Stan was still hollering as he barreled through the bedroom door. “That was the studio. They said you didn’t show up today! Where were you, Hubbell?”

Where was he today? He was at the studio, of course, he must have been. The call must have been a mistake because he was sure he was there and, after all, the duffle bag was sitting right next to him; the duffle bag with the head in it. Why was Stan always shouting and yelling?

He knew Stan wouldn’t believe him when he said, "They must be mistaken, because I was there. I swear I was there.”

Stan paced back and forth tugging on his straggly hair. Perspiration began to seep through his undershirt. He kept repeating, “I’ve gotta calm down.  I’ve gotta calm down.”

And then he leaned down close to Hubbell. Starring at him in a steely calm whisper he hushed, “Tell me where you were today, Hubbell. Just tell me.”

He couldn’t think. Words wouldn’t come. He felt like he was on trial. This is what it must have been like to be on trial. As if he was some kind of pickpocket, or a murderer being grilled on the stand. Stan wasn’t treating him fairly. He felt something he hadn’t felt in a long while—he felt shame.

Hubbell dug his fists into the couch and said, “You know, Stan, if I say something it’s the truth. And by the way, just who is paying all the bills here?”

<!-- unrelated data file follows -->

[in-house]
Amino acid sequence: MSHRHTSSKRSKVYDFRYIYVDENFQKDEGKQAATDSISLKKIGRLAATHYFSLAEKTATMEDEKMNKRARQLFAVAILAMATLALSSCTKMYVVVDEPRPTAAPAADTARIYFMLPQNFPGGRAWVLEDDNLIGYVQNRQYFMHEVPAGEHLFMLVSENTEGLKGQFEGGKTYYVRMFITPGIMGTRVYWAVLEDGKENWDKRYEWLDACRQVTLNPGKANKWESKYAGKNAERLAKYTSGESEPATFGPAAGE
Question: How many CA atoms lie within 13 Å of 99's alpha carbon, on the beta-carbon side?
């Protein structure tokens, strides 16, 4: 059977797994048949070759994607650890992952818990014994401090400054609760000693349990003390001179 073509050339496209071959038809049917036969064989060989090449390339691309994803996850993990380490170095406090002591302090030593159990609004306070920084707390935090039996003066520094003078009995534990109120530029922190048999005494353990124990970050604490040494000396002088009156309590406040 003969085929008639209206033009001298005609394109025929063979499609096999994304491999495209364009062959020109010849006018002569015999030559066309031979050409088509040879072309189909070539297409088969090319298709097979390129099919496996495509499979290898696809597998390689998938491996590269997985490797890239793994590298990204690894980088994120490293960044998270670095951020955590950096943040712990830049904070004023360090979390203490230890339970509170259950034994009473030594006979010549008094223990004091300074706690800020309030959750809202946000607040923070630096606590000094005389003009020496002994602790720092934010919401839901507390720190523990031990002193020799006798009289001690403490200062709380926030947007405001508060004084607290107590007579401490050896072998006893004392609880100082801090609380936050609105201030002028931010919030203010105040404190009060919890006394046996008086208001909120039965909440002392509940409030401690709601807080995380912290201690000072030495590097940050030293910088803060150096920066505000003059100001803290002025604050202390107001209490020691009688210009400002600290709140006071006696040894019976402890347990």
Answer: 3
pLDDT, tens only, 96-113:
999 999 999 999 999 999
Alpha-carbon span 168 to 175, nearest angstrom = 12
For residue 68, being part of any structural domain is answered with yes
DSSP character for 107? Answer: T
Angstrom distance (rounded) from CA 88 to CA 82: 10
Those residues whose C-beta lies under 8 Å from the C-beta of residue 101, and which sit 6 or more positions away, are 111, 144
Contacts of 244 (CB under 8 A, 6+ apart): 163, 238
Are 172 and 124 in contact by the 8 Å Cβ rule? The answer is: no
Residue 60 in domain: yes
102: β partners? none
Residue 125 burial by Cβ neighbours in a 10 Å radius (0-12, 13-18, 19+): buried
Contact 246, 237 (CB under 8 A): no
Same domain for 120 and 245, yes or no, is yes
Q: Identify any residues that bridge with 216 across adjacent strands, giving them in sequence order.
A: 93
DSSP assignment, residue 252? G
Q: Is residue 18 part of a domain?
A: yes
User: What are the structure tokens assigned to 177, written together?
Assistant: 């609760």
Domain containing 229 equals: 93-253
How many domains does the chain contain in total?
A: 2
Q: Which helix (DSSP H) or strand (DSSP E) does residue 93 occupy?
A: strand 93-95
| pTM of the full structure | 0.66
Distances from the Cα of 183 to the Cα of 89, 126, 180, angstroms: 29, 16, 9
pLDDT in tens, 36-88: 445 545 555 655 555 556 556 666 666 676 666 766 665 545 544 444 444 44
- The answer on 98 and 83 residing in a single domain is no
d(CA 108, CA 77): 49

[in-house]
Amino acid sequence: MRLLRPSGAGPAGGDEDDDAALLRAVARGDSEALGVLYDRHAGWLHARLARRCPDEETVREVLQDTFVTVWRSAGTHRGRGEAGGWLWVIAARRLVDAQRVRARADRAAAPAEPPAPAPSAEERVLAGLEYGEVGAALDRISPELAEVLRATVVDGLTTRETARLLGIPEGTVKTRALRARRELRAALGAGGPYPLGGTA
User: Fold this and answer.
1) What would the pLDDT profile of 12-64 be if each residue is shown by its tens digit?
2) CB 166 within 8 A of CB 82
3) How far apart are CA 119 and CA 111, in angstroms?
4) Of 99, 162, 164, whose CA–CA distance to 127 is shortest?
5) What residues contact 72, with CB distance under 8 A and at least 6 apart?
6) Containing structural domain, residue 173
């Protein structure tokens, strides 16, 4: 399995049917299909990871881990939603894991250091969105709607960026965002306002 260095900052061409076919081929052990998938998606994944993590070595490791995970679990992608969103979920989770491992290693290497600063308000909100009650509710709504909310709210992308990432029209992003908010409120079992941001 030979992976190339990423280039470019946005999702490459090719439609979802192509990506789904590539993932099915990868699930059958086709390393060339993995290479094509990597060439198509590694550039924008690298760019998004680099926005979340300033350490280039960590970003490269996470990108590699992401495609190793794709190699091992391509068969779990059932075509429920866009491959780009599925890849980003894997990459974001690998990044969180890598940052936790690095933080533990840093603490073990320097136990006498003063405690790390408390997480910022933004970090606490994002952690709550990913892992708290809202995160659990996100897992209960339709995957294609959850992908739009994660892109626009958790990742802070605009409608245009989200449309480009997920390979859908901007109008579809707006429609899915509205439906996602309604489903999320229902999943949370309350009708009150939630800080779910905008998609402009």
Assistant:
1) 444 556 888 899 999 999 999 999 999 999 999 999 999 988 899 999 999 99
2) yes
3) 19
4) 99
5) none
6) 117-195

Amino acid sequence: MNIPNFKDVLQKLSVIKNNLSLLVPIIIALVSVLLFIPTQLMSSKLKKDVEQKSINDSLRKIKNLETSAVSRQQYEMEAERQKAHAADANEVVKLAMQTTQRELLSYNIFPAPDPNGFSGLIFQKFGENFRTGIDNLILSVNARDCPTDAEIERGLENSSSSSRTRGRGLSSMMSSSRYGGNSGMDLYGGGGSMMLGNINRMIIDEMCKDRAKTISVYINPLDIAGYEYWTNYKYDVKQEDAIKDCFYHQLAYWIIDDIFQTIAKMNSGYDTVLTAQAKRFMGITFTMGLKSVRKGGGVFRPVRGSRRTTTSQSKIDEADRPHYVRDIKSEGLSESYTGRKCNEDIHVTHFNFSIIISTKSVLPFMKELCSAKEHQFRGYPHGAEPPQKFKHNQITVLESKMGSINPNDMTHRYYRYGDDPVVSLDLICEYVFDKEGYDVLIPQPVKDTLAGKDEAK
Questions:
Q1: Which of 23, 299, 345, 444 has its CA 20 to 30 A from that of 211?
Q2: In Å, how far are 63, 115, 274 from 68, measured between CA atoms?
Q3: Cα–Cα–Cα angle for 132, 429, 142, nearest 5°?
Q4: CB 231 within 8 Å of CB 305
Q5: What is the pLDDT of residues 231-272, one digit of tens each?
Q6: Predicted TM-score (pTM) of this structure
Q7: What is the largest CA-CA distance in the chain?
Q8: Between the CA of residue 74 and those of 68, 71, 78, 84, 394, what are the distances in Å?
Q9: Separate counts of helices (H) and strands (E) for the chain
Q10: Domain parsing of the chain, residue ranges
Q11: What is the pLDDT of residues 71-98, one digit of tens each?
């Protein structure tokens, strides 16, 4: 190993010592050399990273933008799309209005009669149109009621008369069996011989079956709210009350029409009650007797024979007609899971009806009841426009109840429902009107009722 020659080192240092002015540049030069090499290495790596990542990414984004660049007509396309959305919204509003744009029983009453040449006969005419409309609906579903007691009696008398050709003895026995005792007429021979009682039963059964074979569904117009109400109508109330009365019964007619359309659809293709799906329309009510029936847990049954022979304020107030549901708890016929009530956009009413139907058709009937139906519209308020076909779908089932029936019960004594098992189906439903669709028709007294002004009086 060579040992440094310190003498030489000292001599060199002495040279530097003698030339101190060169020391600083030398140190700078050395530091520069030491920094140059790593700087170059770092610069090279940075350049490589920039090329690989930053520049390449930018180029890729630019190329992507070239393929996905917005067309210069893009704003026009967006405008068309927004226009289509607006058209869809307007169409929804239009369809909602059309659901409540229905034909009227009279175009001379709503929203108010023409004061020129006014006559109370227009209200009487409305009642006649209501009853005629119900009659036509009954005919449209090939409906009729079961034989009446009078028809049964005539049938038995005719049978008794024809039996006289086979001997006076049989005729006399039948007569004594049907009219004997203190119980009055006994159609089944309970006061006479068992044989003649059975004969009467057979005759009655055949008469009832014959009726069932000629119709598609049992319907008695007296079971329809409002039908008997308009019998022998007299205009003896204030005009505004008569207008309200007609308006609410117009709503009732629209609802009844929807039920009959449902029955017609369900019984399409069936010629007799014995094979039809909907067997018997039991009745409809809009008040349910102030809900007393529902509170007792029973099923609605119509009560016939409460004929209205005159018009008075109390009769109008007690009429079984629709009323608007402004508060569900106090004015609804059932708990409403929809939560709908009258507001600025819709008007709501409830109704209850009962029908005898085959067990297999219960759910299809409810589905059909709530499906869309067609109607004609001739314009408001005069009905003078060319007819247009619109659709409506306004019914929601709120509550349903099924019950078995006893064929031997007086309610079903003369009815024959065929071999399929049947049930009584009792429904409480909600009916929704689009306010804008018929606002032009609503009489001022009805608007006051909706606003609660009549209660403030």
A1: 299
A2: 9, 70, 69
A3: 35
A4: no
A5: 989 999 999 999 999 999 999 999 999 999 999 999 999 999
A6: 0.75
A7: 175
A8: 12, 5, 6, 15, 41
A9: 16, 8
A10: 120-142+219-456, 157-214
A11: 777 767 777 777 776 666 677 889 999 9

He pulled back because he was certain Stan was going to take a swing at him, or holler at him again.

He cried, “I’m sorry, Stan. I’m sorry.”

“No, Hubbell, you aren’t sorry, you are pathetic,” Stan said, grabbing on to Hubbell’s knees.

“Who books all your jobs, Hubbell? Who makes sure your money goes in the bank? Who makes sure there’s food here for you, and all your bills are paid? Who does all that stuff?  I do far more work than any regular manager would do for you. You are a twenty-four-hour a day job, Hubbell."

He felt the pangs of shame he experienced before increase. Stan was right. Well, kind of, he could do some shopping and pay some bills if Stan would teach him, but Stan didn’t want to teach him, because if he did, he wouldn’t need Stan anymore. He could take care of himself and then Stan would have to go out and get a real job. Who the hell did Stan think he was kidding?

Hubbell kicked his legs up, hitting Stan, pushing him to the floor by the couch.

“What the hell are you doing, you crazy son of a bitch?” Stan cried, grabbing onto the carpet. "Are you going to answer me, or…” His words broke off when he spotted the carving knife below the couch.

“Say, Hubble, what is that knife doing under the couch?”